“As indicated by INEC, the scheduled date for the 2023 Presidential and National Assembly election is 18th February 2023. Therefore, the Notice of Election for the 2023 general election should be issued on 22nd February 2022 because the total number of days from 22nd February 2022, to 17th February 2023, is 360 days.
“If the President gives assent to the bill on or before February 22nd, 2022, INEC will be legally bound to issue Notice of Election, and the dates for the 2023 elections will be maintained. However, if the President acts on the bill after 22nd February 2022, the dates for the 2023 election and other subsequent electoral activities will be affected.
“As the nation prepares for the off-cycle governorship elections in Ekiti and Osun and the 2023 general elections, a new legal framework is required to safeguard the integrity of these elections. The current Electoral Bill 2022 contains provisions that address electoral manipulation and the intractable problem of poor election logistics. Furthermore, the bill strengthens INEC’s financial independence, and the commission is empowered to reject falsified election results.
“The newly introduced timelines for key electoral activities such as early primaries and submission of list of candidates will facilitate early electoral preparations and promote issue-based political engagement,” the CSOs said noting that any further delay in concluding the process of enacting the Electoral Bill 2022 will directly impact preparations for upcoming elections, especially the 2023 General Election, which is just 366 days away.
“As indicated in previous statements issued by CSO groups, delaying assent to the Bill creates a climate of legal uncertainty,” Amaka said.
The CSOs called on President Buhari to, upon return from Brussels, sign the Electoral bill into law on or before 22nd February 2022 to enable INEC to issue Notice of Election and release the timetable and schedule of activities for the 2023 general election.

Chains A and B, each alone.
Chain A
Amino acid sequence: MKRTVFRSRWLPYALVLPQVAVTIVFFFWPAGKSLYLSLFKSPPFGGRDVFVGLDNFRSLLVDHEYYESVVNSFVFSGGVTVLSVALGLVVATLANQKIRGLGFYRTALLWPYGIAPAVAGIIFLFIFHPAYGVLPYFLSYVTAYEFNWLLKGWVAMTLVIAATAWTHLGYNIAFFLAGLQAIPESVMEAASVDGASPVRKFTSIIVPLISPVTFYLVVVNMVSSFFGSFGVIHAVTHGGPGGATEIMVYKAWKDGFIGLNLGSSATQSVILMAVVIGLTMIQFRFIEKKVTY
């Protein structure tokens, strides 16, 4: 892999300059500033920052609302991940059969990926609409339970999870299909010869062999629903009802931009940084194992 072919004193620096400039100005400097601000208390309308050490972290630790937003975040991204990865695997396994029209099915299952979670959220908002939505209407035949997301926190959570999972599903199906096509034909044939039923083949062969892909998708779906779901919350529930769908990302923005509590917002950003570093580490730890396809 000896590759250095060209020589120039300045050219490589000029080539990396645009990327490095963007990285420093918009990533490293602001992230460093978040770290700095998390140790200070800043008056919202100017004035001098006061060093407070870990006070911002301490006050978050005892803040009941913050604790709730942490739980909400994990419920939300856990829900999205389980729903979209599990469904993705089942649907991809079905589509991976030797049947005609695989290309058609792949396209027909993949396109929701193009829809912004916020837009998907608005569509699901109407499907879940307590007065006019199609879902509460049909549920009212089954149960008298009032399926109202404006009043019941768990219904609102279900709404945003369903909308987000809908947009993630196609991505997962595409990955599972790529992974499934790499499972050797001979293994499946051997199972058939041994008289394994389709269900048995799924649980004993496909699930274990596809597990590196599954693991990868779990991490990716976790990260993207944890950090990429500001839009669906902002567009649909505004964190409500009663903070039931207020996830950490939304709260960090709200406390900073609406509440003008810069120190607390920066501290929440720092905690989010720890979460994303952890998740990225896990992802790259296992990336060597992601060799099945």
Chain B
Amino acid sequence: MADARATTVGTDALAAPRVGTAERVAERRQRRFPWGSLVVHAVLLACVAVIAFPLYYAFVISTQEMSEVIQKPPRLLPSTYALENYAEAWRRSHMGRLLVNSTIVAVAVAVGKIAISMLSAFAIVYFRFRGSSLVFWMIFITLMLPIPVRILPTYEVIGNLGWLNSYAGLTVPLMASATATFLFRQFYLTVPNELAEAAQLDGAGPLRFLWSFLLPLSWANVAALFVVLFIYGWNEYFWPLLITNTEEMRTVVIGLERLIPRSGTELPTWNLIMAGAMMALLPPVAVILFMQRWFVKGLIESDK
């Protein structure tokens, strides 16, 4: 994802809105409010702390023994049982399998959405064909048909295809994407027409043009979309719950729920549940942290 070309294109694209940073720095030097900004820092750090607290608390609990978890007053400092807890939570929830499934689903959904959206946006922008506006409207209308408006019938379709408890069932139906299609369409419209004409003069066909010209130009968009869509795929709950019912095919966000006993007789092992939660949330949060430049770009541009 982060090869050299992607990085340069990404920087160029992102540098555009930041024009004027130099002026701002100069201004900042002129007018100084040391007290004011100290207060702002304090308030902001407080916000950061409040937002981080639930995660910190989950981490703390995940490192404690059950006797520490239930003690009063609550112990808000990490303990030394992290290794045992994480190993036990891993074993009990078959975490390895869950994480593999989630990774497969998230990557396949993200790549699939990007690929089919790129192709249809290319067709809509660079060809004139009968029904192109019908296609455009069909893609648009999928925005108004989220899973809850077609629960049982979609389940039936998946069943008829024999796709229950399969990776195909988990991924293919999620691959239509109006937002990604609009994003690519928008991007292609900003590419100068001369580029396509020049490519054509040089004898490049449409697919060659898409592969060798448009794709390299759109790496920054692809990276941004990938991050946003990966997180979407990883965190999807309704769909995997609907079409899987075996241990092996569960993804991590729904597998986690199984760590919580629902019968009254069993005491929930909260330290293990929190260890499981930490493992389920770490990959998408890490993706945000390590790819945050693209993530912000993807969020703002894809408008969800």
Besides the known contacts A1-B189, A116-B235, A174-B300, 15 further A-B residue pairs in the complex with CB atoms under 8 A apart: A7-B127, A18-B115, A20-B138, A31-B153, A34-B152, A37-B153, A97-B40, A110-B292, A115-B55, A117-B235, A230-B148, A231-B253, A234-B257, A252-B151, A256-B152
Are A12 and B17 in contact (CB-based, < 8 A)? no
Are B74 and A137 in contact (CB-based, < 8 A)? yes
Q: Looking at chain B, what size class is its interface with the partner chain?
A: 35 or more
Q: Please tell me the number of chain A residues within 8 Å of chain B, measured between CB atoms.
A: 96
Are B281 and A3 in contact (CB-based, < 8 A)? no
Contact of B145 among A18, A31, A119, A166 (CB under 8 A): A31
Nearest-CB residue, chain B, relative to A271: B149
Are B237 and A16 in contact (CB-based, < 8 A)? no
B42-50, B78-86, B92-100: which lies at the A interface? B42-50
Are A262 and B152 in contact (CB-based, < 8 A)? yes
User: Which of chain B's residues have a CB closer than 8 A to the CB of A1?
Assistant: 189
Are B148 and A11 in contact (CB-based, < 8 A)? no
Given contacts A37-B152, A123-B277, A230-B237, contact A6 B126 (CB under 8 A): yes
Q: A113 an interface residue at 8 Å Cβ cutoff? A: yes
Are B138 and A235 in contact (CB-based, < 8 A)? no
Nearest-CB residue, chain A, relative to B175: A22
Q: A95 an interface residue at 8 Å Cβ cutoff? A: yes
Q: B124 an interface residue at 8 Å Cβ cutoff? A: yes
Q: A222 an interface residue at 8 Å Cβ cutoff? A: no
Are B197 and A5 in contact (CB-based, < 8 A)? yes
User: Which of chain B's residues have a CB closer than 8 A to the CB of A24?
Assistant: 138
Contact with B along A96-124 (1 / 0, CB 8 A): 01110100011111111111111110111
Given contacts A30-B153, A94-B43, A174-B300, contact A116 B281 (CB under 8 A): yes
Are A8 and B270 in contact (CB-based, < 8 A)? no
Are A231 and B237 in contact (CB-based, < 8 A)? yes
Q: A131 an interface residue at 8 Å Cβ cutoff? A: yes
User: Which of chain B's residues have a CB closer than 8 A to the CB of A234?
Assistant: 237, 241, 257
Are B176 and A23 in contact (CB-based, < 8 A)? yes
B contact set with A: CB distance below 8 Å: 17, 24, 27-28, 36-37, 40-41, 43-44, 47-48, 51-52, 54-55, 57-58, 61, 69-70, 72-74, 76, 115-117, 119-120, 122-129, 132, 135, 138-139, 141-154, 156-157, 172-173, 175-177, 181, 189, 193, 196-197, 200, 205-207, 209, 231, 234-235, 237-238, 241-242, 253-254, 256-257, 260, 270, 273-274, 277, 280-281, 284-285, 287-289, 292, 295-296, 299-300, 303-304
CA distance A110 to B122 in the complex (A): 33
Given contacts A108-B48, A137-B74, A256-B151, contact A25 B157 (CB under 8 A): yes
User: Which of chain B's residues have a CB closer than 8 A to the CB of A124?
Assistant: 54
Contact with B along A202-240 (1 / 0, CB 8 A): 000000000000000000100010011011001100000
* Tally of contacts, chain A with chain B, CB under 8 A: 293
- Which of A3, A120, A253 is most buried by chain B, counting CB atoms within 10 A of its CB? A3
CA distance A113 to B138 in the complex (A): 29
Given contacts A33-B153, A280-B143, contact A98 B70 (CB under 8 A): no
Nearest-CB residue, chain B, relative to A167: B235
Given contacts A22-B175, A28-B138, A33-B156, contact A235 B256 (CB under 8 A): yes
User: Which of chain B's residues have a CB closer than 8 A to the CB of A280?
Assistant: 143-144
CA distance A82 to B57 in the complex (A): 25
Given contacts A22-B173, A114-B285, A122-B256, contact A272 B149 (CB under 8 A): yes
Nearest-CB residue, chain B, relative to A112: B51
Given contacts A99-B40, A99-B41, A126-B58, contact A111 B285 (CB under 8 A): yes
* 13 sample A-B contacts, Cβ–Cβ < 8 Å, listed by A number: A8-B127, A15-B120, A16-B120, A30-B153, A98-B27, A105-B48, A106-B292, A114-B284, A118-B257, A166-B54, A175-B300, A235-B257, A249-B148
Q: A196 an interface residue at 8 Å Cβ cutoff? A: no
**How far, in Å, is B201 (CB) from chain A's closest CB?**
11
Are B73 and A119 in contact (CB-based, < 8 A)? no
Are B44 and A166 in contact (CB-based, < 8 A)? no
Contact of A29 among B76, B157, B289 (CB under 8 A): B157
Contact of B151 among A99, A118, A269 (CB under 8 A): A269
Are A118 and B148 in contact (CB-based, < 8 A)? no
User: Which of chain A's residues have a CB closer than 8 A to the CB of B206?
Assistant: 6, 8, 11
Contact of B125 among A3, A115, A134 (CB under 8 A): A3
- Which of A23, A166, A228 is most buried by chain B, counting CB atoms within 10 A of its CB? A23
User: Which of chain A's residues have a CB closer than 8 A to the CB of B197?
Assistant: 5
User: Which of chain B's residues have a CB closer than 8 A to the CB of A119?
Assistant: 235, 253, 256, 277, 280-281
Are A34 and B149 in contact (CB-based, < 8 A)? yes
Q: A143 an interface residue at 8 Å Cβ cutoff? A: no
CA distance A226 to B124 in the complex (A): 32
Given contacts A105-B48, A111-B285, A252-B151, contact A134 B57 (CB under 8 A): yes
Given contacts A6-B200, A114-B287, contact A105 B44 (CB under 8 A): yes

“Further amendments to the Electoral Bill 2022 can be proposed after assent has been granted. It is within the President’s prerogative to propose amendments after signing the bill like he did in the case of the Petroleum Industry Bill and 2022 Appropriation bill, an act which attracted commendation.
“The National Assembly should ensure gazetted copies of the Electoral Act 2022 are available to citizens as soon as the bill is signed into law,” the CSOs added.
Also speaking, the friends of democracy headed by Barr Ezenwa Nwagwu, said the CSOs would have resorted to legal battle if time would have been on their side.
“With the tittle time that we have, legal fight will not guaranteed signing. We want action so that we don’t shift the time and dates of the election. We will consult ourselves and know that to do next next, wether protest, lobbying, meeting peace commission and other CSOs situation room,” Nwagwu said.
The Executive director, The Albino Foundation, Jake Epelle said Buhari has no option than to come back to the country and sign the bill.
According to Epelle, the document sent to Buhari is an inclusive bill for the youth, women and people with disability.
“The delay in signing the bill is delaying the electoral circle. Nothing is important than the democratic development of the country. Comeback and sign the bill so that the country will remain one,” Epelle said adding that the CSOs are already mobilising for a National protest.
Meanwhile, civil society groups have declare 22nd February 2022 a national day of protest on the electoral bill.
The civil society community resolves to declare Tuesday, 22nd February 2022, as the National Day of Protest to demand immediate assent to the bill.
Civil society networks said it will organize peaceful public direct-action activities to further the demand to assent the bill.
“We urge citizens across the nation to call on President Muhammadu Buhari to act on this matter of urgent national importance,” the 26 CSOs said in a statement endorsed by Nigeria Civil Society Situation Room; Yiaga Africa; Partners for Electoral Reform (PER); International Press Centre; Institute for Media and Society; Nigerian Women Trust Fund; The Albino Foundation; Centre for Citizens with Disability; Premium Times Centre for Investigative Journalism (PTCIJ); Labour Civil Society Coalition (LASCO); Transition Monitoring Group; CLEEN Foundation and Civil Society Legislative Advocacy Centre (CISLAC).
Others are: Women Advocates Research and Documentation Centre (WARDC); Nigeria Network of Non-Governmental Organizations (NNNGO); Inclusive Friends Association (IFA); Enough is Enough; The Electoral Hub; Centre for Liberty; Take Back Nigeria Movement; International Peace and Civic Responsibility Centre (IPCRC); 100 Women Lobby Group; Women in Politics Forum; Raising New Voices; Millennials Active Citizenship Advocacy Africa and Ready To Lead Africa.
International Peace and Civic Responsibility Centre (IPCRC); 100 Women Lobby Group; Women in P